JH: It was. (Director) William Friedkin asked us to write the score for the movie, and we wrote it based solely on his description. We did the instrumentals and Fed-Exed them to him in Hollywood. He loved it and flew us out to L.A. — one of the few first-class transatlantic flights we’ve ever been on — and said he wanted us to write a song for the film, but he said he didn’t want a song called “To Live and Die in L.A.” I looked out at that surreal orange sky, and I couldn’t help it. But he loved the song and decided to re-shoot some scenes to get it into the movie. It was a wonderful experience.

AH: “Tazer Up!” has been out a few days. Any feedback on the new album?

JH: I’ve never been one who got into sales figures or that kind of stuff. But the feedback we’re getting on Facebook and Twitter has been incredibly positive. I’m really pleased with the range of the fans who say they’re turned on by the music, older to younger.

AH: You guys are planning another new album next year, right?

JH: Yeah, we have a few more songs that we didn’t put on this one. We’ve re-recorded “Everybody Have Fun Tonight” and collected a few bits and pieces from over the years. We’re actually working on more new songs, too; it’s a constant journey.

AH: Do you plan to tour with the new material?

JH: I’d love to. We did some shows in 2009 and 2010, and I enjoyed it more so than when we went out in the ‘80s. I think we’re a lot more relaxed now; we enjoy singing and playing live more.

AH: You’re teaching now. Does your career with Wang Chung win you automatic respect from your students?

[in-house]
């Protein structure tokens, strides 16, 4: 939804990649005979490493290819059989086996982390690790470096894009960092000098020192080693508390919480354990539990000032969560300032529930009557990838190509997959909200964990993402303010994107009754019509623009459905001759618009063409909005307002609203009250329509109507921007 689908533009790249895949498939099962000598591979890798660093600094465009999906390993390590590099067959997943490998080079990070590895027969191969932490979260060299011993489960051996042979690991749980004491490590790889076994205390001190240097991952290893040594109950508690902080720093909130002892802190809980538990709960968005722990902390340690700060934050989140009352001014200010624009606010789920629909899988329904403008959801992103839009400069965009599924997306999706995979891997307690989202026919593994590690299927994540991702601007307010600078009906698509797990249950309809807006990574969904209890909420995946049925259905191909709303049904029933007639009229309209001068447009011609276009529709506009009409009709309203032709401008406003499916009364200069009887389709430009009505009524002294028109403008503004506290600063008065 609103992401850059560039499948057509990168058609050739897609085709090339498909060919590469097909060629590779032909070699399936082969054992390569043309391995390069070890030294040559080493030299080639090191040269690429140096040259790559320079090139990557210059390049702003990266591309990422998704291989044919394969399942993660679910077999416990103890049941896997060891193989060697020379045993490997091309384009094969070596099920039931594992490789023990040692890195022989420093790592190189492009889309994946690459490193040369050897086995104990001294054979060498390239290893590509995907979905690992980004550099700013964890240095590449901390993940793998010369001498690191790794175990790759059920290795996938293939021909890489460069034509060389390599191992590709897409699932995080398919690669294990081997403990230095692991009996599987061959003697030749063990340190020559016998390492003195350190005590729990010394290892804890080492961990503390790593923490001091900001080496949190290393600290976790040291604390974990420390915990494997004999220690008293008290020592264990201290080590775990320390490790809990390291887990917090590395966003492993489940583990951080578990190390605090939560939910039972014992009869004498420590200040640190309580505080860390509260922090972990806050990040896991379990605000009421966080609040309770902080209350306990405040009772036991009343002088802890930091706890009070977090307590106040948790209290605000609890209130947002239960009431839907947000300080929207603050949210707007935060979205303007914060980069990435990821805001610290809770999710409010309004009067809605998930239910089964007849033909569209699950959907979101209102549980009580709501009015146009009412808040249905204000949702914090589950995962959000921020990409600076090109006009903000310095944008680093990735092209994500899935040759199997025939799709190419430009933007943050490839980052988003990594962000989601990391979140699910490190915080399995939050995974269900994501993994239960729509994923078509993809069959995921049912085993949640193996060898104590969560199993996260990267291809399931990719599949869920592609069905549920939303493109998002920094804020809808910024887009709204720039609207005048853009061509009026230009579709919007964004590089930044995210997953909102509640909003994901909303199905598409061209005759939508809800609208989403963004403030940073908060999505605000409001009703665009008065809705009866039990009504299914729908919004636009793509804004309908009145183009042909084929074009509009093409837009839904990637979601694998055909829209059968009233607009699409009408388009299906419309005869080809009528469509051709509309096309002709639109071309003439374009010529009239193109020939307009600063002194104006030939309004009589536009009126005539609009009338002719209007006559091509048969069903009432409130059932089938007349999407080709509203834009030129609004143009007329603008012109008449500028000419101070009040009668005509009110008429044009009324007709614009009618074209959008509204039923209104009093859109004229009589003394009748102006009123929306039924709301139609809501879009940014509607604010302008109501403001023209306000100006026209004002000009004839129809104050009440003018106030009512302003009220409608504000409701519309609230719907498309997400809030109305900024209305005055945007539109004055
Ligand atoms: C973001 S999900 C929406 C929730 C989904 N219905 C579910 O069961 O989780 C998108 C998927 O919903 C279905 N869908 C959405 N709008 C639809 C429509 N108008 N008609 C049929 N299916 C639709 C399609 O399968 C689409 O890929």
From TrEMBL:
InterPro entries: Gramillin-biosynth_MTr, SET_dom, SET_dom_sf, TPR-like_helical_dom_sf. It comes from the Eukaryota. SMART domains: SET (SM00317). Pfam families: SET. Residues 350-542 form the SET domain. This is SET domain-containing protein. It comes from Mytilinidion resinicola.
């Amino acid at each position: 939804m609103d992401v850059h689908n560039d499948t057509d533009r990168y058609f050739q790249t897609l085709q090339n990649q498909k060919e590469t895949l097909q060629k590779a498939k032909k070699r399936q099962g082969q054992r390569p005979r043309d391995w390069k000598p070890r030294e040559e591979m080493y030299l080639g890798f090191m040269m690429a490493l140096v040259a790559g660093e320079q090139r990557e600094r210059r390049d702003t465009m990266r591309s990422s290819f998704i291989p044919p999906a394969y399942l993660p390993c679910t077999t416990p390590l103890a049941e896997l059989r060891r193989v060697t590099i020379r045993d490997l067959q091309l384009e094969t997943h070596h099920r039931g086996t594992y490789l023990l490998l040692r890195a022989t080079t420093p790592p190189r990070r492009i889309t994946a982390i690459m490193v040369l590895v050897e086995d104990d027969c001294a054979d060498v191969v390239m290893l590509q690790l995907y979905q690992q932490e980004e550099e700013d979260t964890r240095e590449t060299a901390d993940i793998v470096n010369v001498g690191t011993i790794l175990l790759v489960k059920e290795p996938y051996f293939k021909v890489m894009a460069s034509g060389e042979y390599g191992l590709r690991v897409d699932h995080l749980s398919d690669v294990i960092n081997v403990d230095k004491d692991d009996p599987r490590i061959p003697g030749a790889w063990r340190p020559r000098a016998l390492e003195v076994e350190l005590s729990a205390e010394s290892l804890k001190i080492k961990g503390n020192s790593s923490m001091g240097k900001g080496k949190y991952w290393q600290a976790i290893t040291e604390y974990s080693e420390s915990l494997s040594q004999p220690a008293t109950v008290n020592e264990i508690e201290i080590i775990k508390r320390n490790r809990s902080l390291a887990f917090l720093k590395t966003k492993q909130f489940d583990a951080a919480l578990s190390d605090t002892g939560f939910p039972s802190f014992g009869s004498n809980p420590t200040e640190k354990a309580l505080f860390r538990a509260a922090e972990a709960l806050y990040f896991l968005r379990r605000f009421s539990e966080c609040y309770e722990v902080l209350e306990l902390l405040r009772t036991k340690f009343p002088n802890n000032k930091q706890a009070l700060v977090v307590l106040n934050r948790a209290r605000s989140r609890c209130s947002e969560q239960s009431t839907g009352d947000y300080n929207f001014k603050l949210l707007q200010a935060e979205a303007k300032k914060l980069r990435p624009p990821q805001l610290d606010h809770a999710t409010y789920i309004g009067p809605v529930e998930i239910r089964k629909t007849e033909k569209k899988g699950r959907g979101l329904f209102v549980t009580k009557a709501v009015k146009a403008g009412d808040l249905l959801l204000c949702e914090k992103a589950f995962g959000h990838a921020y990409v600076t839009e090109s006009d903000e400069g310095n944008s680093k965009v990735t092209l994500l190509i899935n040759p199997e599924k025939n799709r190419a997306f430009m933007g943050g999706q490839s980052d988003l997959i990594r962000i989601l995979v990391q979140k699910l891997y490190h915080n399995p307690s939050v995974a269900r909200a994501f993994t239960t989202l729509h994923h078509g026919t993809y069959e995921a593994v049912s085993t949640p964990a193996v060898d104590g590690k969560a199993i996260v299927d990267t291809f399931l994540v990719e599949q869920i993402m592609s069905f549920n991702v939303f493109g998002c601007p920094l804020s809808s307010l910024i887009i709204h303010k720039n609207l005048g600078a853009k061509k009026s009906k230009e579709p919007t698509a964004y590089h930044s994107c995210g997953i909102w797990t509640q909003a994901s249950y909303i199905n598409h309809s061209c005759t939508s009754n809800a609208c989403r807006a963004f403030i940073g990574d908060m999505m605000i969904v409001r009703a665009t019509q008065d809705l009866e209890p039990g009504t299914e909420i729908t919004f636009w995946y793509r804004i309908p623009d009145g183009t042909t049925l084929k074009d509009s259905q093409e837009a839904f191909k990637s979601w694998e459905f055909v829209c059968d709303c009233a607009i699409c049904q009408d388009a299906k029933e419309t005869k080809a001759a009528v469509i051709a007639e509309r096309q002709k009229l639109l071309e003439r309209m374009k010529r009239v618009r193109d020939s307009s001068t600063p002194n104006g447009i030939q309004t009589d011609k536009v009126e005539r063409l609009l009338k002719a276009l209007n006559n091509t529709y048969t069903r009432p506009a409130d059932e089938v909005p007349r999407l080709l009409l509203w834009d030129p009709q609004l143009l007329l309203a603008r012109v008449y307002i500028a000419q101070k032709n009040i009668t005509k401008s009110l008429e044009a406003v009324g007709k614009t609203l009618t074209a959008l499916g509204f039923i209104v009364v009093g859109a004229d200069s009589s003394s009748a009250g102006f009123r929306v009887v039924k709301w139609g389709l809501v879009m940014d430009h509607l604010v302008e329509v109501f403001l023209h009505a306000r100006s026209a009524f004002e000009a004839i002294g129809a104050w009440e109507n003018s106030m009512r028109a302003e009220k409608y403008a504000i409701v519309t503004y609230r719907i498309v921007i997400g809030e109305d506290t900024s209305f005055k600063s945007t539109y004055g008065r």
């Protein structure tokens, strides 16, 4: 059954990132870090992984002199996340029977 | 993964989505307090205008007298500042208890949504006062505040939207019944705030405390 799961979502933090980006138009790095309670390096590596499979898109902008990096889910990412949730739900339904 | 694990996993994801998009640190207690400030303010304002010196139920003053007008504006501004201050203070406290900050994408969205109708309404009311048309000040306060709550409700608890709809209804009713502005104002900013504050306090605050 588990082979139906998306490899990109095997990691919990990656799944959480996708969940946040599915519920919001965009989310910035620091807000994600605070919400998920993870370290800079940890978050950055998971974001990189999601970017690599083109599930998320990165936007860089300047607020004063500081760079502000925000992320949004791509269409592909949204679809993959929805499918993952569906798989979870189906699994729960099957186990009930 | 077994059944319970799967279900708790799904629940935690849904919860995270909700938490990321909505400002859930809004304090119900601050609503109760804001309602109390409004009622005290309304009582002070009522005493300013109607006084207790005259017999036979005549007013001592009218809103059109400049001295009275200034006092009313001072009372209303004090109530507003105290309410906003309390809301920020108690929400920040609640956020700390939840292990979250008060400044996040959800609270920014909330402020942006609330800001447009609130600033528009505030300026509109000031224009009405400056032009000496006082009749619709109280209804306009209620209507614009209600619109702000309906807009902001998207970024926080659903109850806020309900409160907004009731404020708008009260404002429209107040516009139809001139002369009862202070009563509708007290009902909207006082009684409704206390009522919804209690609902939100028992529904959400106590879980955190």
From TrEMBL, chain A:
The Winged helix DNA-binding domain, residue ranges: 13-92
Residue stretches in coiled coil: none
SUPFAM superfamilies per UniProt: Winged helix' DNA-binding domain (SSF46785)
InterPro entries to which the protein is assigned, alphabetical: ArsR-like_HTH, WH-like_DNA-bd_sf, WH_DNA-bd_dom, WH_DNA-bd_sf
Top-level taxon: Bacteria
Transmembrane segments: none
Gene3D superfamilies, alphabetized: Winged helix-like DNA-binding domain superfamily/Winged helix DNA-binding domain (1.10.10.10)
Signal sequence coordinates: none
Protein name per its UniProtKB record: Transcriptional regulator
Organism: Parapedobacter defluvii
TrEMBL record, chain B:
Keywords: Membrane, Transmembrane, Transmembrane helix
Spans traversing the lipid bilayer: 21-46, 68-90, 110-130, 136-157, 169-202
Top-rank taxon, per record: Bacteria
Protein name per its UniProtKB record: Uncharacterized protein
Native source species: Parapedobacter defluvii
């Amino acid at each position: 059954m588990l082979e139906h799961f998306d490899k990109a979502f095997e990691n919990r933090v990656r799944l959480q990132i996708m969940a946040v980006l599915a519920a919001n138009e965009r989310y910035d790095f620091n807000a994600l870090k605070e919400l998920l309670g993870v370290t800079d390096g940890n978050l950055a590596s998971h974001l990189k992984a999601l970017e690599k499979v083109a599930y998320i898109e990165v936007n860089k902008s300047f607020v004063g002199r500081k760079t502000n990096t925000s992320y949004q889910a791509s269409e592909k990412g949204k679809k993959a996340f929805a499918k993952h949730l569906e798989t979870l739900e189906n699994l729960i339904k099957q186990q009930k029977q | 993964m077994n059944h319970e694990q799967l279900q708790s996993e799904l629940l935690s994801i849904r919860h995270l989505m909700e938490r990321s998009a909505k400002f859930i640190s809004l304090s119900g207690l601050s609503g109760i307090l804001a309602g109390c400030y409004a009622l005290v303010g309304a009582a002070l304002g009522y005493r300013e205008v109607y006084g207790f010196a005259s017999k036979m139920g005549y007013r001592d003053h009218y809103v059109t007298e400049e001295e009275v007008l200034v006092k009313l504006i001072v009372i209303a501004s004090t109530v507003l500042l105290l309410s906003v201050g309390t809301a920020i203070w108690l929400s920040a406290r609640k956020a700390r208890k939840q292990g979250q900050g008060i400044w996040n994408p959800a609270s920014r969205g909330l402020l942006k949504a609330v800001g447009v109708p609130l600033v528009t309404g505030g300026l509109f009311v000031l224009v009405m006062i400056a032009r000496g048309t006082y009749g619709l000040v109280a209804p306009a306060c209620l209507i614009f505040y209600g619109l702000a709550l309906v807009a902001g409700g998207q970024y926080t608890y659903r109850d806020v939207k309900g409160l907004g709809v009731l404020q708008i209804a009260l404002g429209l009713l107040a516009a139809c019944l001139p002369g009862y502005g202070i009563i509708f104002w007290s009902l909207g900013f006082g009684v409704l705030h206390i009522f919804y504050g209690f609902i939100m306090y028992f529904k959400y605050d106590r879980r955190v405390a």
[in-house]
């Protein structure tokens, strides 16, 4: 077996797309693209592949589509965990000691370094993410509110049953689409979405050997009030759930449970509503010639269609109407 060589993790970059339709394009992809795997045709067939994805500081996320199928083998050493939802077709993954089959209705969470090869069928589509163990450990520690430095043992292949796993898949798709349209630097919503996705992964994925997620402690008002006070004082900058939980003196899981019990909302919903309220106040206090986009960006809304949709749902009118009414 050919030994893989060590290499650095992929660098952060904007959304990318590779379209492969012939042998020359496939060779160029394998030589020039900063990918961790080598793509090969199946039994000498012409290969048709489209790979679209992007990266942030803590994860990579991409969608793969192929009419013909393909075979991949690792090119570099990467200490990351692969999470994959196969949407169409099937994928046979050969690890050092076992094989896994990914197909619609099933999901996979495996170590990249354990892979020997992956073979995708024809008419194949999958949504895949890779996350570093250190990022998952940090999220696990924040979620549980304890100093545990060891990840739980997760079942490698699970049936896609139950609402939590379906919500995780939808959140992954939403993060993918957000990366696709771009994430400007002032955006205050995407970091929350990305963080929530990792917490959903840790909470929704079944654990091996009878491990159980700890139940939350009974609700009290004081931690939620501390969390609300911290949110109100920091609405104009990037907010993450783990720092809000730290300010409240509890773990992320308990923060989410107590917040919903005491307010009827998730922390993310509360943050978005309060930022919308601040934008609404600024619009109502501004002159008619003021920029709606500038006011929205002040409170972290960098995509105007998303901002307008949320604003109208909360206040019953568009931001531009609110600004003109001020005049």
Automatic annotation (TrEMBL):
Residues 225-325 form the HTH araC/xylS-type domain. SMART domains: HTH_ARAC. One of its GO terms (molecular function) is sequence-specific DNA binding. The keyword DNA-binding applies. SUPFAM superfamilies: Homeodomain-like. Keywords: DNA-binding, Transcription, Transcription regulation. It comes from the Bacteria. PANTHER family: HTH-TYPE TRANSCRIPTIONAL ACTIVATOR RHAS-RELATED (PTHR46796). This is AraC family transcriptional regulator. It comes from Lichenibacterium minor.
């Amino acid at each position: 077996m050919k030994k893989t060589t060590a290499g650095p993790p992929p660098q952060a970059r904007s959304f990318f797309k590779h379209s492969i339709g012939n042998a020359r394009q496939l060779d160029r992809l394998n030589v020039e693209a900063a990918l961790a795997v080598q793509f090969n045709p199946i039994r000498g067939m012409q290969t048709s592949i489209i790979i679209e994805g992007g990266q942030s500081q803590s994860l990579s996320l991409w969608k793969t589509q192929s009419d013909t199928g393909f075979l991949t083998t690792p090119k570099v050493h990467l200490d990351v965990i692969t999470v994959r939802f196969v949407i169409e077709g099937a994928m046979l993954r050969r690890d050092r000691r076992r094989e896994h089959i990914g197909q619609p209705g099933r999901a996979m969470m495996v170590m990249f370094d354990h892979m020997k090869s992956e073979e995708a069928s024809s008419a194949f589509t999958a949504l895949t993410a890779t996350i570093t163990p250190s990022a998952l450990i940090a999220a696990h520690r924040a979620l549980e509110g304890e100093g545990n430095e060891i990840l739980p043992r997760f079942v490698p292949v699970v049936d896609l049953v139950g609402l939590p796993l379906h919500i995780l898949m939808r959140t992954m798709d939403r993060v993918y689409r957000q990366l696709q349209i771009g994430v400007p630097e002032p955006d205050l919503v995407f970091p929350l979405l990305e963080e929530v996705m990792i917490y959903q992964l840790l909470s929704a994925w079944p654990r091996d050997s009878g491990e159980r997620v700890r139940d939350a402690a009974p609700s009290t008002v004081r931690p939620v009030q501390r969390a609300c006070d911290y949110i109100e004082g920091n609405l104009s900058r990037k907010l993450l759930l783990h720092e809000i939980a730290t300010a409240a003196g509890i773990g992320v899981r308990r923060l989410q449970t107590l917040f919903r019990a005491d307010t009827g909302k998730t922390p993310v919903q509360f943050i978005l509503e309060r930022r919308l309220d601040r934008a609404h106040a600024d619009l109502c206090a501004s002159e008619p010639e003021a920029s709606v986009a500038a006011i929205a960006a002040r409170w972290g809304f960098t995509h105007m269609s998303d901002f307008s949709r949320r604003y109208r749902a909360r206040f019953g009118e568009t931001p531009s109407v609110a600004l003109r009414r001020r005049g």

JH: Actually, the band does not have as high a profile in the UK as we do in America. We’re quite anonymous here. There are some students who Google me up, though, and go, “Oh, wow.”

AH: Are there artists out today that you particularly enjoy listening to?

JH: Radiohead are phenomenal, and the instrumental and soundtrack stuff (Radiohead guitarist) Johnny Greenwood does is quite good. DJ Shadow is also quite good.

AH: Thanks so much for your time. I have a 10-year-old who loves your music, and I can’t let you go without asking you a question for her: What’s the story behind “Wang Chung?”

JH: (laughing) That’s funny. We usually get, “What does Wang Chung mean?” For your 10-year-old daughter then: We found Wang Chung to be mysterious and enigmatic and rock and roll. I found the term “huang chung” in a book I was reading by a German electronic composer. I wasn’t quite sure what it actually meant, but I took it to Nick and told him I liked the way it sounded and he said, “Fine.” It’s interesting to read the meanings that people have created for the term over the years. I guess it means whatever it means to them. Personally, I’ve always thought “wang chung” sounds like a Chinese guitar.